From 1964 to 1965, Ross and his family lived in London. Ross, for a year, was given a prestigious position at the Office of Naval Research as their Acoustics Liaison Scientist. His job was to interview acoustians in the UK and Europe and to report back to the ONR on their research.

Ross and his family returned to the states in 1965, and by 1967 Ross was selected as the third Head of the Ship Acoustics and Vibrations Laboratory (SAD) of the Naval Ship Research and Development Center (NSRDC) (formerly David Taylor Model Basin - DTMB) at Carderock, MD. In this time, Ross participated in about a dozen nuclear submarine noise trials. The most notable of the incidents Ross was involved in during this time there were the "Crazy Ivan" special op attacks.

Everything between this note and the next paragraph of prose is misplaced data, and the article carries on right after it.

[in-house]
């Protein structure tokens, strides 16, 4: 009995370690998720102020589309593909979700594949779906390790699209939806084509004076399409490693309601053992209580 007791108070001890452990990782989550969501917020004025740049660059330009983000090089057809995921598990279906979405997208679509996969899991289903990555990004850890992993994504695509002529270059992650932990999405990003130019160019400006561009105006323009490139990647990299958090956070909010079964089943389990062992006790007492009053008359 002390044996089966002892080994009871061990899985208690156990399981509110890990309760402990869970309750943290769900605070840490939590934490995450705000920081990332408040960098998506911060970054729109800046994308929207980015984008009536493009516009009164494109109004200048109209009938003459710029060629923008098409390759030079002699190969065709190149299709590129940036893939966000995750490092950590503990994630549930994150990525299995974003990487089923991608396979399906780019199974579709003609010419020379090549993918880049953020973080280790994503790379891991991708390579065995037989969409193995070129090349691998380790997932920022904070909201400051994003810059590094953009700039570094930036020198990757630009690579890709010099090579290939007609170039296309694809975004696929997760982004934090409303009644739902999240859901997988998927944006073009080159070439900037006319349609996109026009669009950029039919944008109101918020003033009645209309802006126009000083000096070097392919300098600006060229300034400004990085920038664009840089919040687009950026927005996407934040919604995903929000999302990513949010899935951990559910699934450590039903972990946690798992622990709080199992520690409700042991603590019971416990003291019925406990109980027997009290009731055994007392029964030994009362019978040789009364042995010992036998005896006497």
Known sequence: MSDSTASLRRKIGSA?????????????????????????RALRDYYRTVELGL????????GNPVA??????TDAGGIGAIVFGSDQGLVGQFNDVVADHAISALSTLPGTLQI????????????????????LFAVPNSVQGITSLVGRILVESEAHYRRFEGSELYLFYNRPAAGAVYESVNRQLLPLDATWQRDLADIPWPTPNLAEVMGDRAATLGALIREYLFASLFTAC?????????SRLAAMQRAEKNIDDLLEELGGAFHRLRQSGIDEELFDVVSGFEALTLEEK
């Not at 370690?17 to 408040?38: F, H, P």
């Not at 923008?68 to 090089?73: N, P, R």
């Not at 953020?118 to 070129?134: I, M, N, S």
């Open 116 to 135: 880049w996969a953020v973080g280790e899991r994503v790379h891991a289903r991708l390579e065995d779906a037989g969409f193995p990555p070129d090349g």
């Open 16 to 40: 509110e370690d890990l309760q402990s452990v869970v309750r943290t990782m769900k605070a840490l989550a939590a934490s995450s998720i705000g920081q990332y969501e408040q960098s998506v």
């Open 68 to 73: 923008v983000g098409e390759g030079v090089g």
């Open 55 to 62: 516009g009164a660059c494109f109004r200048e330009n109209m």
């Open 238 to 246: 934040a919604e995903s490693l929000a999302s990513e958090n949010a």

"Crazy Ivan"[edit]

The special missions of attack class submarines took the US Navy into Soviet waters, and collisions with Russian submarines were occurring. At DTMB this was suspected, as they were sometimes asked to analyze pieces of rubber coating or samples of paint that came from Soviet submarines. What they didn’t know was that reports of these collisions were interfering with high-level disarmament talks. The situation got so bad that at the end of April 1970, then President Nixon suspended all special operations, at least until he could be assured that collisions could be avoided.